cover image The Art Fair

The Art Fair

David Lipsky. Doubleday Books, $22.5 (0pp) ISBN 978-0-385-42610-7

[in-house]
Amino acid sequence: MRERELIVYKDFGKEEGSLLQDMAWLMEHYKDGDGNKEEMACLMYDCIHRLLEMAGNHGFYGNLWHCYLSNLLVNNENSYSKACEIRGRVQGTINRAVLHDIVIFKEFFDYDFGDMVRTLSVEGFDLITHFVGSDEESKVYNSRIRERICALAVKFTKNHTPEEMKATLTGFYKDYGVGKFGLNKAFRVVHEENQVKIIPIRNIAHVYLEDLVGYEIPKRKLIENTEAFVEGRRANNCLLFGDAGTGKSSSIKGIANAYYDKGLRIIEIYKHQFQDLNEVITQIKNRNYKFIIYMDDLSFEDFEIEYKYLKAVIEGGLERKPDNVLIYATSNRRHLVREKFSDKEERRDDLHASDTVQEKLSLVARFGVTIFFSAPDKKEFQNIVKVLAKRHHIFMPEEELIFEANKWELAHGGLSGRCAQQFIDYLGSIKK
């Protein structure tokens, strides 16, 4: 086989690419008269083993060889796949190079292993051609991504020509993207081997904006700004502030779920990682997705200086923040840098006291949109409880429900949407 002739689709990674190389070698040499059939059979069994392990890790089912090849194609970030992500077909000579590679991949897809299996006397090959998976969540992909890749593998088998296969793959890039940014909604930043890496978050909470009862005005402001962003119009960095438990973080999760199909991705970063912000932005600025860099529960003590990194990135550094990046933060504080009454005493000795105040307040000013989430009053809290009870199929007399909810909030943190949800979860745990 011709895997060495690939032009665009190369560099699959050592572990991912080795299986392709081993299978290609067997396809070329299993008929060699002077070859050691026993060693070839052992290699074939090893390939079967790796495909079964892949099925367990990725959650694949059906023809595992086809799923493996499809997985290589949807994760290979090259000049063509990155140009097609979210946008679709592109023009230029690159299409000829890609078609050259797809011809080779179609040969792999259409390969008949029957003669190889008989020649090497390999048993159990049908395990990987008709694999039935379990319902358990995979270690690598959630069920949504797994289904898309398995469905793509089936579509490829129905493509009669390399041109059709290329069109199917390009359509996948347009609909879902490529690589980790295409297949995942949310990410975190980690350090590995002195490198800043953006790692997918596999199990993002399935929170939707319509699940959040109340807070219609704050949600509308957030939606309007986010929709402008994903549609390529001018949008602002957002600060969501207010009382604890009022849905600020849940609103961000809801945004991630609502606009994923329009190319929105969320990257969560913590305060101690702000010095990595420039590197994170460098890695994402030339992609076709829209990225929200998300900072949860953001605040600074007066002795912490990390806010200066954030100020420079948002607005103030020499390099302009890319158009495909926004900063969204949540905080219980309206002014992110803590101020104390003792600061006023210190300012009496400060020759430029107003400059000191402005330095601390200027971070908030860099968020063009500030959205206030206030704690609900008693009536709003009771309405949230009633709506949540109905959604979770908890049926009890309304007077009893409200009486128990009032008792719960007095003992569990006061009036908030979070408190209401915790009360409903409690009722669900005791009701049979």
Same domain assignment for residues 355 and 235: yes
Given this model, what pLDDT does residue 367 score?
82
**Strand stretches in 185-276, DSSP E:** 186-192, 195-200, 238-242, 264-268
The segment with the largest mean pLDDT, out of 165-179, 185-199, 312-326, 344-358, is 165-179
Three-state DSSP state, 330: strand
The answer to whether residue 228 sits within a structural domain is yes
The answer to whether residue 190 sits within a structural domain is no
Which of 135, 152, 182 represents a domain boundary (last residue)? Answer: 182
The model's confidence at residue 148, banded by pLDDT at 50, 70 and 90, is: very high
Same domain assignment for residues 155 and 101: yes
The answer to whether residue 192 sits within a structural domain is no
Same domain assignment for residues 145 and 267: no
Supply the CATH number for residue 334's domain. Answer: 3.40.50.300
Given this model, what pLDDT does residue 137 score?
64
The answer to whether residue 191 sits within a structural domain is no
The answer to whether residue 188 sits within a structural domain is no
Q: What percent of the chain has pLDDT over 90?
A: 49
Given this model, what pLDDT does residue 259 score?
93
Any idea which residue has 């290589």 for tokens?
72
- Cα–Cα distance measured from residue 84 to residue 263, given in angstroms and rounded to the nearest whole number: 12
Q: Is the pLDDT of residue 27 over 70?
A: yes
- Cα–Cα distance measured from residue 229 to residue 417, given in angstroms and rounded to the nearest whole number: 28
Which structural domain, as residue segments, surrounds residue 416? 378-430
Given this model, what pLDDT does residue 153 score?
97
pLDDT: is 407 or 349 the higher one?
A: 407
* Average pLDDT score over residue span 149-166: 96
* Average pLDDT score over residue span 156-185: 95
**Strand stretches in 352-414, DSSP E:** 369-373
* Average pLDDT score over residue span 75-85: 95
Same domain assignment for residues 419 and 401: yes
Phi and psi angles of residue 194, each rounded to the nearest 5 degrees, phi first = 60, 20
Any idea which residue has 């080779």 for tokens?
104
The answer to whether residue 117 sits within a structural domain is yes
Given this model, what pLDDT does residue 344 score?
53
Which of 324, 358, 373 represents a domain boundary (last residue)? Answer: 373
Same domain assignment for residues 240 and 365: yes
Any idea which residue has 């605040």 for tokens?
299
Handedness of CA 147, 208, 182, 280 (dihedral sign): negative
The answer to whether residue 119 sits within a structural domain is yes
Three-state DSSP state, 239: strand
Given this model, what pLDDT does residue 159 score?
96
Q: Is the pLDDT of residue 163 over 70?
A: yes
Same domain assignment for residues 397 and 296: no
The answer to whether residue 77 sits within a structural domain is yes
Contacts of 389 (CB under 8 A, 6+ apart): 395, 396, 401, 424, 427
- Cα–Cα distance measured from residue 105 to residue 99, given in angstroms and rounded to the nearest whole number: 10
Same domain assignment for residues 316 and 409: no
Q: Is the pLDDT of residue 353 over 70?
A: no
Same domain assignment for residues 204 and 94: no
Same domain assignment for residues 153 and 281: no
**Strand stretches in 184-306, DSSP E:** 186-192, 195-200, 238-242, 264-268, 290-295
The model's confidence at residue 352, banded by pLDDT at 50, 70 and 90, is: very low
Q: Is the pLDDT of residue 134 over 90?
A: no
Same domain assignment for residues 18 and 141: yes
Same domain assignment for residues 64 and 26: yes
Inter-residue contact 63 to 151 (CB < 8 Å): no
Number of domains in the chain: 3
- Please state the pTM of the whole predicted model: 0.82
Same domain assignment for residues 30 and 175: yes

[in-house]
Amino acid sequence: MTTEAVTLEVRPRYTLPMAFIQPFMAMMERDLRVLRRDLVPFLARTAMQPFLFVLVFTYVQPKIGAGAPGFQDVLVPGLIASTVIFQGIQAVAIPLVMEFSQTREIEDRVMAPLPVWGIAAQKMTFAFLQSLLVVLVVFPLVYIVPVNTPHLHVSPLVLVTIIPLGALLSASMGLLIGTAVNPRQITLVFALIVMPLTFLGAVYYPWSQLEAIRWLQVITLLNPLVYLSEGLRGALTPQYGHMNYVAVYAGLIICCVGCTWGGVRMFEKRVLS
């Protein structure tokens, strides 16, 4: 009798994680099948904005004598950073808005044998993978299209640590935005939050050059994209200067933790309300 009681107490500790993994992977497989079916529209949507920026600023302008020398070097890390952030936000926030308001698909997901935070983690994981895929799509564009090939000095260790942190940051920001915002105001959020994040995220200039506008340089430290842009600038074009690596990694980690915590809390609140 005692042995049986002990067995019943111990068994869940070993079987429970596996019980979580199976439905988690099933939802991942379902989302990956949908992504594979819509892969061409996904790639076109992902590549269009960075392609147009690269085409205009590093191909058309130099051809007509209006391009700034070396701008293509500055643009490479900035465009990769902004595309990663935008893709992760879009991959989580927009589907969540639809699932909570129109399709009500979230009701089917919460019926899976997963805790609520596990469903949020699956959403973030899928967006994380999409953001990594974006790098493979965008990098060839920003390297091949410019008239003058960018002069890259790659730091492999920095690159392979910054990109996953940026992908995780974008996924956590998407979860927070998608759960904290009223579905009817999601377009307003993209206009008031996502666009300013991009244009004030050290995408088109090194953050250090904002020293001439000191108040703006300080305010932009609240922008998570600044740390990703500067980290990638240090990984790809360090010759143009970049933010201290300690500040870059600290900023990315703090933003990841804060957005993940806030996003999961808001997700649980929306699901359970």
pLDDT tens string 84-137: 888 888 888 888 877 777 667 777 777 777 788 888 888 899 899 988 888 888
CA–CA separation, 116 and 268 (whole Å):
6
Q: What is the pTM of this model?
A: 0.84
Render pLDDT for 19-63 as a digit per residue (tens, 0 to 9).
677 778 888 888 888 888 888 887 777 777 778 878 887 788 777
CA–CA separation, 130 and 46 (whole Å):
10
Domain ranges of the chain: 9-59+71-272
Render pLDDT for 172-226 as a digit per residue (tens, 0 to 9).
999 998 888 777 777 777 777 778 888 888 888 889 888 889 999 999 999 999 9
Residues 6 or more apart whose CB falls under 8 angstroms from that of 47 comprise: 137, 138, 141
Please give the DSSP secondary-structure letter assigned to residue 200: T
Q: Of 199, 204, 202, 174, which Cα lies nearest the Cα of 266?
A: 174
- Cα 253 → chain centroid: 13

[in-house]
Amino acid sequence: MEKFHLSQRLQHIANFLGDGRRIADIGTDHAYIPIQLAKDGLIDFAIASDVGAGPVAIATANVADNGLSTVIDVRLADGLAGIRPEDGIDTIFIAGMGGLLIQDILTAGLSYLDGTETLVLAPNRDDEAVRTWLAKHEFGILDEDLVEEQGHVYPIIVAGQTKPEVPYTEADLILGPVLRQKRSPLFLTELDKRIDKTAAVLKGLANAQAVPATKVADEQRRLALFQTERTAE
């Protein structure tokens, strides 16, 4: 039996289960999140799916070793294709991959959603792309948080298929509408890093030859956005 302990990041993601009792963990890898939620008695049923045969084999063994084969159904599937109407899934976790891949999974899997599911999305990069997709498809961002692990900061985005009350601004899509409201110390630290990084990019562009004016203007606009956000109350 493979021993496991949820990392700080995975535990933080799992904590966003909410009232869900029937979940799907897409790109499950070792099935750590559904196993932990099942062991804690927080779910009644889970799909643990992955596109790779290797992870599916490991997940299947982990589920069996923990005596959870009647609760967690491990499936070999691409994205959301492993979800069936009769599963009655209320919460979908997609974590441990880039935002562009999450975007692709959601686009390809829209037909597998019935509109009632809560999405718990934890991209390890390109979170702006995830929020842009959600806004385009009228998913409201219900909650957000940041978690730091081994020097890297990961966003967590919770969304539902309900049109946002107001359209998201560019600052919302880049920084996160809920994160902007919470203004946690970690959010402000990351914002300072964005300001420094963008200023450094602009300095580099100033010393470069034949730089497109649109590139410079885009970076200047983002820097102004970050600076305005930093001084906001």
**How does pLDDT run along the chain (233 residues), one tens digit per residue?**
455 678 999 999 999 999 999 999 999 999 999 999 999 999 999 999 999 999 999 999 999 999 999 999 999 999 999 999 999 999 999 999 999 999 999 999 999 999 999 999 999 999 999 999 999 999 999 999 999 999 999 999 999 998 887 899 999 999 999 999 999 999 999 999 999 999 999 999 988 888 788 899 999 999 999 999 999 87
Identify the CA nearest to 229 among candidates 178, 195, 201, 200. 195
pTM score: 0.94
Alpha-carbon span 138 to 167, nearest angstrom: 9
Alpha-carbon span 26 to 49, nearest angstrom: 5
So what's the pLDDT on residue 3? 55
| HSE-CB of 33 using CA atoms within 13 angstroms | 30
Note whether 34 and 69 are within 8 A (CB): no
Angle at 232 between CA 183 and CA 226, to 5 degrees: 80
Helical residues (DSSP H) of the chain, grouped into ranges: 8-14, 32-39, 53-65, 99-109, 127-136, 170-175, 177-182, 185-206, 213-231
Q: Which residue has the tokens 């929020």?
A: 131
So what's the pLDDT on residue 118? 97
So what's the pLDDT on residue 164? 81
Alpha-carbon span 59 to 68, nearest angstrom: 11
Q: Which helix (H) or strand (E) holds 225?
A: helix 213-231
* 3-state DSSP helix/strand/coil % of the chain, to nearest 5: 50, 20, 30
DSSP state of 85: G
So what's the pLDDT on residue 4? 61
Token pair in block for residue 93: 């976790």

The author of a short-story collection (Three Thousand Dollars) and a sociology of Generation X (Late Bloomers), Lipsky here weighs in with a tender but slight first novel narrated by a Manhattan teenager suffering from an overweening attachment to his mother. In a voice that is by turns keenly perceptive and mawkishly earnest, Richard Freely recalls his preadolescence in New York, when his mother, Joan, who has since struggled as an abstract painter, was for a brief spell the darling of the snooty 1970s art scene. After a bitter divorce, which sent Richard and his brother to L.A. to live with their father, her social and professional status faded. Blaming himself, Richard resolves to move into her one-bedroom apartment in SoHo and help jump-start her career, playing both her son and confidante and accompanying her to openings, where she is often ostracized. He ""finally breaks up with [his] mother"" at an artists' retreat in upstate New York, where Joan succeeds at winning back her old dealer, while Richard's own reconciliation with an estranged girlfriend allows him to acknowledge his disabling maternal attachment. The art-world background is drawn in broad, crayon-like strokes: it's a circus of fine cheese and wine, catty, social-climbing artists and arrogant critics and dealers who talk less of aesthetics than of fashion and status. But readers may appreciate Lipsky's understated style, both wide-eyed and satirical, with amusing ironic asides (""it seemed I lived on Brie, and even now, when I eat that cool, slimy food, something is triggered, and I look around for fear that I'm being judged ungenerously.""). (May)